in the trivial conversation that ensued between her father and Mr. Lennox. She was grave, and little disposed to speak; full of wonder when Mr. Lennox would go, and allow her to relax into thought on the events of the last quarter of an hour. He was almost as anxious to take his departure as she was for him to leave; but a few minutes light and careless talking, carried on at whatever effort, was a sacrifice which he owed to his mortified vanity, or his self-respect. He glanced from time to time at her sad and pensive face.
"I am not so indifferent to her as she believes," thought he to himself. "I do not give up hope."
Before a quarter of an hour was over, he had fallen into a way of conversing with quiet sarcasm; speaking of life in London and life in the country, as if he were conscious of his second mocking self, and afraid of his own satire. Mr. Hale was puzzled. His visitor was a different man to what he had seen him before at the wedding-breakfast, and at dinner to-day; a lighter, cleverer, more worldly man, and, as such, dissonant to Mr. Hale. It was a relief to all three when Mr. Lennox said that he must go directly if he meant to catch the five o'clock train. They proceeded to the house to find Mrs. Hale, and wish her good-bye. At the last moment, Henry Lennox's real self broke through the crust.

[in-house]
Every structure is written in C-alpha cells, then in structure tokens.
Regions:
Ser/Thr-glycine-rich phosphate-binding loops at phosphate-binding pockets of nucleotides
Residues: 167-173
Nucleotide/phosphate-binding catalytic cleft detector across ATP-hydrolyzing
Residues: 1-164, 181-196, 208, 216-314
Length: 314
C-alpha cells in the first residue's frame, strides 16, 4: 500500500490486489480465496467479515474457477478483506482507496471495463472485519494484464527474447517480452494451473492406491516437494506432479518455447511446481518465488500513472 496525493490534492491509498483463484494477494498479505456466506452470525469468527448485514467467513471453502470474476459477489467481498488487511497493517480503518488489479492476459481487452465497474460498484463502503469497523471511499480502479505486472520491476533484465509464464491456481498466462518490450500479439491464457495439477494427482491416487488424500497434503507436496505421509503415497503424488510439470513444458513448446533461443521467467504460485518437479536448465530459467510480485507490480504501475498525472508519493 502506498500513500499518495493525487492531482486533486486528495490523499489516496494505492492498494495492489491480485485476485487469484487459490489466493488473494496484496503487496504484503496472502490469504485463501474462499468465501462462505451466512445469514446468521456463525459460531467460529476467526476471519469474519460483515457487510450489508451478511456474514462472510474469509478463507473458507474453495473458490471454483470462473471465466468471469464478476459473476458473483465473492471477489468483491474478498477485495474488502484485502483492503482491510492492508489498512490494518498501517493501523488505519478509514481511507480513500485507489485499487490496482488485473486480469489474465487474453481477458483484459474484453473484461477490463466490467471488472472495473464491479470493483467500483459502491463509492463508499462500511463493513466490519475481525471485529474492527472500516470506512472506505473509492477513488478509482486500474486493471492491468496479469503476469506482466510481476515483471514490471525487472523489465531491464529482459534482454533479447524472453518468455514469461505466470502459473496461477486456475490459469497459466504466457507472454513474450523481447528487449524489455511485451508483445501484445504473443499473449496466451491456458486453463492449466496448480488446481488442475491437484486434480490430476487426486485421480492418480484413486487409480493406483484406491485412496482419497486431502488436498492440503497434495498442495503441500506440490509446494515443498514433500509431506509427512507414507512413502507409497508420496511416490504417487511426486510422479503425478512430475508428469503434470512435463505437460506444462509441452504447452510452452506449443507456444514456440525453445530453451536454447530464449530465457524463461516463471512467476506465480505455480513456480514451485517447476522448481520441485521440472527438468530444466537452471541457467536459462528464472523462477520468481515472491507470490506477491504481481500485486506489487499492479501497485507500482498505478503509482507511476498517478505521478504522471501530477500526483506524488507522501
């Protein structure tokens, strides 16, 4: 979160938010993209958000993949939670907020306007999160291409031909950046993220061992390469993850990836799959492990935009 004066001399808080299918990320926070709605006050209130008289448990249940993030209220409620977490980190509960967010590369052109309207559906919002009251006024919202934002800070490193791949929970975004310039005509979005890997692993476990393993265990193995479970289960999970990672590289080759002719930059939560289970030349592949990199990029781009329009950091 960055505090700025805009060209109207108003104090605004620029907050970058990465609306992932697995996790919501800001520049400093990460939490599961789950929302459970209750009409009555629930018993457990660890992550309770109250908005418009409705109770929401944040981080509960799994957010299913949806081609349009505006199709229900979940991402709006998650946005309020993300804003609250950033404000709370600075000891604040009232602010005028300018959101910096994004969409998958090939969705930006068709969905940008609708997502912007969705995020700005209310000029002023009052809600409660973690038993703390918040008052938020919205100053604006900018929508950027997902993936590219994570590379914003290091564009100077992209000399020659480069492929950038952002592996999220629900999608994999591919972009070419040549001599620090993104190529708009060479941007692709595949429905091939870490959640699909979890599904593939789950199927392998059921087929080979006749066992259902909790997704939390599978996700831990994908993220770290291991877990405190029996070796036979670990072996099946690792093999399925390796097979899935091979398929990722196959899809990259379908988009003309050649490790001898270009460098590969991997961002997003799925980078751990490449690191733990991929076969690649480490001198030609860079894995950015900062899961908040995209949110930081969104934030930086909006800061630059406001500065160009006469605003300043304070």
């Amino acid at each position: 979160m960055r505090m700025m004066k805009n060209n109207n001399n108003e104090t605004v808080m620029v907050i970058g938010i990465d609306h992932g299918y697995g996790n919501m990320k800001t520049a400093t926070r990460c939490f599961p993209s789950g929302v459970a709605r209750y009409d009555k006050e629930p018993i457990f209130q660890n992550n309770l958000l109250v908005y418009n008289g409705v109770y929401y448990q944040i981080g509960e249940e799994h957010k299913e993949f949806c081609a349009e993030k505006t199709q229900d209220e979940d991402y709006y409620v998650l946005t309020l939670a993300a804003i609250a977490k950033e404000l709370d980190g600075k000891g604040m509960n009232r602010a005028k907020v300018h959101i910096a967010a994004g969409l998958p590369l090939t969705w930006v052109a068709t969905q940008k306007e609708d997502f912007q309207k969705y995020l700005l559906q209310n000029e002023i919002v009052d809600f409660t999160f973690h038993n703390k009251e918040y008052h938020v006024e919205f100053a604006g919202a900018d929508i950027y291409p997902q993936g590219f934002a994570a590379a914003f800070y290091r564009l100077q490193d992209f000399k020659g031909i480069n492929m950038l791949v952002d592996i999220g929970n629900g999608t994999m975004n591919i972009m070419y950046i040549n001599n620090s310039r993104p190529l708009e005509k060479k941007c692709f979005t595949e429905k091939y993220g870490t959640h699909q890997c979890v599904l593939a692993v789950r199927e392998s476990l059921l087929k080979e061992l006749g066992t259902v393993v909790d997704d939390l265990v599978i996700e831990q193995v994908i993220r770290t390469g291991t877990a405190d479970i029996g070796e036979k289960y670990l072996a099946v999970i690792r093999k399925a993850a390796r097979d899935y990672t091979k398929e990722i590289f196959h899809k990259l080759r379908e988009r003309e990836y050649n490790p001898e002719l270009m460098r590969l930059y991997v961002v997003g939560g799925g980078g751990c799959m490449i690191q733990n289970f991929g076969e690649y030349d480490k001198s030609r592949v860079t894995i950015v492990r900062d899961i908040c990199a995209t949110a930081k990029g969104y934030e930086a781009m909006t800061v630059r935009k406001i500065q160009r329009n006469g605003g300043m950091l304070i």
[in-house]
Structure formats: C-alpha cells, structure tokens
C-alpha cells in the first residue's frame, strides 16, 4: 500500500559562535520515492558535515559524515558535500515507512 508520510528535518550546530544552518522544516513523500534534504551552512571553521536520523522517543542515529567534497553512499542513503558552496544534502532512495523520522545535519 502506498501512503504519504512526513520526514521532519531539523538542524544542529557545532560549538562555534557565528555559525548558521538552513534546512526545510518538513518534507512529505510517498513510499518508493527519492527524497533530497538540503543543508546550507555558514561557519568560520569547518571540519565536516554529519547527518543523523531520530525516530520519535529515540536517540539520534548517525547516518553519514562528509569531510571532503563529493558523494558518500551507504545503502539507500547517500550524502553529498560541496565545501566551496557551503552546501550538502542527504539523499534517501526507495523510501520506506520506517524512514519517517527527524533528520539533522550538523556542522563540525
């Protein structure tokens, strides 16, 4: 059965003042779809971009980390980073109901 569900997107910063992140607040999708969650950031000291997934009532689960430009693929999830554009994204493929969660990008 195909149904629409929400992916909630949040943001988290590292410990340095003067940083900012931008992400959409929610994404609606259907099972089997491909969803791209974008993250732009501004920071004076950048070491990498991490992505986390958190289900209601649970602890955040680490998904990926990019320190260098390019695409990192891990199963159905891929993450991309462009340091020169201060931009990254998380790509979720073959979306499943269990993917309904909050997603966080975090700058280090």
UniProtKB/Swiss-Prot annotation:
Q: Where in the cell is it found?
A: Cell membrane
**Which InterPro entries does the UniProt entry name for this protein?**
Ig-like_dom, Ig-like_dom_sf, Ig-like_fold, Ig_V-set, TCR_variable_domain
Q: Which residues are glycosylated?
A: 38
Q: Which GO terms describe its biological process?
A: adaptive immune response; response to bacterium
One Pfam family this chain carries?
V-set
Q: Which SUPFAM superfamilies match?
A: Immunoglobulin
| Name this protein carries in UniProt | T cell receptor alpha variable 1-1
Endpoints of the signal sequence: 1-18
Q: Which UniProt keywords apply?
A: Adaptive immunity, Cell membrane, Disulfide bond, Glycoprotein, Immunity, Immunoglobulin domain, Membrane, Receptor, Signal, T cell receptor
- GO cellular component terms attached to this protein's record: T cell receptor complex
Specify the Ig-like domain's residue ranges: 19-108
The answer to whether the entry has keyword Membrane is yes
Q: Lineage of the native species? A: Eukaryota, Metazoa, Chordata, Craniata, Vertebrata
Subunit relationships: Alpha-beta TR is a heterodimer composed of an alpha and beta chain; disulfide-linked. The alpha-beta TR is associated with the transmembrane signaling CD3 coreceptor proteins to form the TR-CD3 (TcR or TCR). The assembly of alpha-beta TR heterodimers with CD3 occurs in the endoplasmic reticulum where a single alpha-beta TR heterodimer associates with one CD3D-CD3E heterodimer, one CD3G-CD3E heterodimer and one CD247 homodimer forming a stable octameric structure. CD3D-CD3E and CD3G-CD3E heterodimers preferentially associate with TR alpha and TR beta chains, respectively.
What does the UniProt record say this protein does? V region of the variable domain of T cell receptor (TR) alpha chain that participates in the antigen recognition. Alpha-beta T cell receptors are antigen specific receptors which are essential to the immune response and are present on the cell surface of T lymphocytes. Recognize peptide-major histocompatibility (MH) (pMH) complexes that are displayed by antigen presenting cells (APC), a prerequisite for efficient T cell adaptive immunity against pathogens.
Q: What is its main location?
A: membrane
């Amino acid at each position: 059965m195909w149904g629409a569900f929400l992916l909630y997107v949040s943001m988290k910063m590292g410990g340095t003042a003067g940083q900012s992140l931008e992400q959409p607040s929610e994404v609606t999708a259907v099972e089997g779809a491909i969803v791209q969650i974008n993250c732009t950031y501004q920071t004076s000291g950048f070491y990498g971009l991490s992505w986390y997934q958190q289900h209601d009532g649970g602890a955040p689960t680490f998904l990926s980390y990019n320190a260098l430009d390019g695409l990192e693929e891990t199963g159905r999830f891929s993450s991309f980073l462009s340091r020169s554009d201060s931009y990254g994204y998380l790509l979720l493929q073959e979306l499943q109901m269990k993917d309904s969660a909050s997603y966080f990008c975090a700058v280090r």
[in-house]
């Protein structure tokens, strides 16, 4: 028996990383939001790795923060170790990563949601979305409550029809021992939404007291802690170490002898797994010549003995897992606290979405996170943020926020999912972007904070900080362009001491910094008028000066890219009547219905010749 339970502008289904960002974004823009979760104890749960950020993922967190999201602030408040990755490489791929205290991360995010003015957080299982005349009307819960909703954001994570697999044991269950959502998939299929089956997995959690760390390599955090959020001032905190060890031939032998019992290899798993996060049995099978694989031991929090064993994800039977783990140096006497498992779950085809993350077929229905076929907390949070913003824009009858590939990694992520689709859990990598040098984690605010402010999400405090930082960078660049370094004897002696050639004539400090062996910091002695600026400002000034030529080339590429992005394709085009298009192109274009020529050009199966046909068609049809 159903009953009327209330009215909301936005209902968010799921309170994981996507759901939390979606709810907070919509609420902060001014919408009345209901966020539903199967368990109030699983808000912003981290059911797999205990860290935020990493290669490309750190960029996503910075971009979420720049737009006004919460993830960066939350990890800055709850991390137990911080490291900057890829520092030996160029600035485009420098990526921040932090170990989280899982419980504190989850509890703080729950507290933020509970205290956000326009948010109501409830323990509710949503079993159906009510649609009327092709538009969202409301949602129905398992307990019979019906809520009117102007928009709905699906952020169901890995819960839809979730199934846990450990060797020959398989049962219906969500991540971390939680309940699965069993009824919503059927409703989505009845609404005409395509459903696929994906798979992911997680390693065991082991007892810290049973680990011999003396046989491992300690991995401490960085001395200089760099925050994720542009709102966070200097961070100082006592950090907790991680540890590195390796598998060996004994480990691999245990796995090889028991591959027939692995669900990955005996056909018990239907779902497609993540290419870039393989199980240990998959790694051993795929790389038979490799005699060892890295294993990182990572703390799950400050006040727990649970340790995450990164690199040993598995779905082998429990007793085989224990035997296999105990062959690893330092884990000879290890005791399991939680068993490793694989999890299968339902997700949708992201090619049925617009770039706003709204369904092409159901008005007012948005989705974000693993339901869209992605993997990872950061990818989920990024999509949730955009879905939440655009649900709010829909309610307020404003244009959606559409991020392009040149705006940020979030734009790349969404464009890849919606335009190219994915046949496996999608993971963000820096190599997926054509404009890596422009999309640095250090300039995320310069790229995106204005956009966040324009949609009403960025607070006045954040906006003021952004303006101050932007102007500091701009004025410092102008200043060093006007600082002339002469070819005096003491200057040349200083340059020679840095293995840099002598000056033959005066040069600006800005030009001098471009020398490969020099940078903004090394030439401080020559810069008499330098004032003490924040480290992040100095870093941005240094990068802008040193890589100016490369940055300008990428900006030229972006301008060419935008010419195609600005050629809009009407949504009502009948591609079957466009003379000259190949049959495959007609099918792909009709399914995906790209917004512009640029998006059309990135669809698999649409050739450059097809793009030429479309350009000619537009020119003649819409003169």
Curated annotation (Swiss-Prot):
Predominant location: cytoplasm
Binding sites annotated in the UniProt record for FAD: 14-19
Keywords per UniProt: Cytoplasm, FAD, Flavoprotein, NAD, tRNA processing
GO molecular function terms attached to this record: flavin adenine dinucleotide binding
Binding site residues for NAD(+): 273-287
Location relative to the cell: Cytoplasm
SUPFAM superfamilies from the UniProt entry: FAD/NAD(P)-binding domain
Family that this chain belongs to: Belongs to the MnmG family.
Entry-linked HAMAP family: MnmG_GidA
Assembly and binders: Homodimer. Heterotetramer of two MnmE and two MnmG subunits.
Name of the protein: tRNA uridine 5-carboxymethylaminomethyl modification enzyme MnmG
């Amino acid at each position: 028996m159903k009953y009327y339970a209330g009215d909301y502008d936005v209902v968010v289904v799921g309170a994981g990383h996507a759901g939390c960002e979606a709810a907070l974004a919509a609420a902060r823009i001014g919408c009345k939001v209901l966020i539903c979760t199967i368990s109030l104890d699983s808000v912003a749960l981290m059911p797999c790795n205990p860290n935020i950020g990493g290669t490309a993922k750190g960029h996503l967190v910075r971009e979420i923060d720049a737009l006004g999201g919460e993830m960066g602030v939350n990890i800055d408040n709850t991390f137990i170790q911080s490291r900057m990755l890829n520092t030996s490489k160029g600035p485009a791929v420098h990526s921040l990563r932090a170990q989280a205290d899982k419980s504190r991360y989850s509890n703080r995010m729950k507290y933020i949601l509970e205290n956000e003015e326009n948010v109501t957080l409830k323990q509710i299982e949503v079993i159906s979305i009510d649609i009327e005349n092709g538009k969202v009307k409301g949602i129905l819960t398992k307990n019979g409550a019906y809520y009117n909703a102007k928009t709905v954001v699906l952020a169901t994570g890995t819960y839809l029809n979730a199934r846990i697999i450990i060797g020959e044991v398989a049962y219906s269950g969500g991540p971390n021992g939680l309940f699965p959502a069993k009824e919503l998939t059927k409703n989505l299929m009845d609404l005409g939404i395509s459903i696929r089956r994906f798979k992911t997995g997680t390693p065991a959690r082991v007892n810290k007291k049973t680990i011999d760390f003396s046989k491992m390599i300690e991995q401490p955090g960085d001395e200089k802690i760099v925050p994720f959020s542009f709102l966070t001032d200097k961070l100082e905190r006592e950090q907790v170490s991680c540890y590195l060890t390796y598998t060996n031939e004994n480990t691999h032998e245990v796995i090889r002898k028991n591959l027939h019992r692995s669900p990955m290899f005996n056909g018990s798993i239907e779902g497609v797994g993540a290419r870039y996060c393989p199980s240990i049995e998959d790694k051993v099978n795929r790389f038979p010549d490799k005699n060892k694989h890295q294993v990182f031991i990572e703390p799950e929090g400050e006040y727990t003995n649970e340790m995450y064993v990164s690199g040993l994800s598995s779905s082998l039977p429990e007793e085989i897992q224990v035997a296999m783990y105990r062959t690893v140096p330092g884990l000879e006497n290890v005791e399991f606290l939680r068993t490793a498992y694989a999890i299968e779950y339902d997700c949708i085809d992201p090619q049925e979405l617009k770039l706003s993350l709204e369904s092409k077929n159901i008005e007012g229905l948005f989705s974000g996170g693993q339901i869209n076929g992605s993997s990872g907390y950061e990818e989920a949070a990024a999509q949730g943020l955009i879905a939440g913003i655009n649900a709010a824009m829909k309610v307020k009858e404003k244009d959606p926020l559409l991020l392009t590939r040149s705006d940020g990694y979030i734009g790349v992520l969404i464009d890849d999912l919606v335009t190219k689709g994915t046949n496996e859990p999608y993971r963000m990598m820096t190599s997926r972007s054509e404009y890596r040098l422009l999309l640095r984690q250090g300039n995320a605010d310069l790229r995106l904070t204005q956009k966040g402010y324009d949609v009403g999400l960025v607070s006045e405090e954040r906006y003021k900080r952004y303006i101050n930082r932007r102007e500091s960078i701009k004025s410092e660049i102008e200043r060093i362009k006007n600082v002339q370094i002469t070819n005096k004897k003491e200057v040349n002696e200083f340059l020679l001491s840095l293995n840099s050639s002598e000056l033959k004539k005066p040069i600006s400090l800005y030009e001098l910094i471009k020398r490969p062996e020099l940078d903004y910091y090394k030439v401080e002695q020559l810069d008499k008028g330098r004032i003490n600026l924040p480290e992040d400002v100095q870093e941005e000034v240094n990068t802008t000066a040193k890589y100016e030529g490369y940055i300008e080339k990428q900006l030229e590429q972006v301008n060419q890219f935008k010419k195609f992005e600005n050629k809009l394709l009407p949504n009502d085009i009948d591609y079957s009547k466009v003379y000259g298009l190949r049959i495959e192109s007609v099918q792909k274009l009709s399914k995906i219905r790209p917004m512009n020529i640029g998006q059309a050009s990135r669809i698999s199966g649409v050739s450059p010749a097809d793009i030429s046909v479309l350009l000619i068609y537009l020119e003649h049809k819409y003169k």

"Margaret, don't despise me; I have a heart, notwithstanding all this good-for-nothing way of talking. As a proof of it, I believe I love you more than ever—if I do not hate you—for the disdain with which you have listened to me during this last half-hour. Good-bye, Margaret—Margaret!"